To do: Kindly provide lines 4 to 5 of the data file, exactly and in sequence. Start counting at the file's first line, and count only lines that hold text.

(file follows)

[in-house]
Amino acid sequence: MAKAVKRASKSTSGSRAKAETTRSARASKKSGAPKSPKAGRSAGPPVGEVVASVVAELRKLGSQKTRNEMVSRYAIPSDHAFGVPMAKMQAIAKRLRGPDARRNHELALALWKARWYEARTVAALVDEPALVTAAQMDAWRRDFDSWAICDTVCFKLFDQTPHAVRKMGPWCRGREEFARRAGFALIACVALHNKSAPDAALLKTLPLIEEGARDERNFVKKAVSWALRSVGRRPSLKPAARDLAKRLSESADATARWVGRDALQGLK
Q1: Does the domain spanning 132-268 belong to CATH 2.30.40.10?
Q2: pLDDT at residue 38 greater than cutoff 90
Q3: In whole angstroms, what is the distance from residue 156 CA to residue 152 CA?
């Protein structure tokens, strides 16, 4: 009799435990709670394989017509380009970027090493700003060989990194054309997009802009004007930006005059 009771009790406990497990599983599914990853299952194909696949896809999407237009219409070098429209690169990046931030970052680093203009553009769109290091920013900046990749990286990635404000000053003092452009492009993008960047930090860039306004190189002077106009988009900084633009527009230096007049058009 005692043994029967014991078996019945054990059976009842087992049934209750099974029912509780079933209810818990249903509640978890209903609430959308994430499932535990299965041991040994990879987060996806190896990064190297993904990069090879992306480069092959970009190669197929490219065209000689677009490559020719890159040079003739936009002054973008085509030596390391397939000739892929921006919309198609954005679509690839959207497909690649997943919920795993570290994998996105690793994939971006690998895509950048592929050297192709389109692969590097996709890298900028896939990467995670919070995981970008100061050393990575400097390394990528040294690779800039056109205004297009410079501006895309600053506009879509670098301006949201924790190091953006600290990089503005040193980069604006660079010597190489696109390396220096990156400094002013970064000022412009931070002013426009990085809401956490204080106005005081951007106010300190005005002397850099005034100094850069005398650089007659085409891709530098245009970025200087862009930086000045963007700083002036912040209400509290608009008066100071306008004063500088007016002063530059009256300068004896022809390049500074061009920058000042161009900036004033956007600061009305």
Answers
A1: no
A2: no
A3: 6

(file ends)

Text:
Q2: pLDDT at residue 38 greater than cutoff 90
Q3: In whole angstroms, what is the distance from residue 156 CA to residue 152 CA?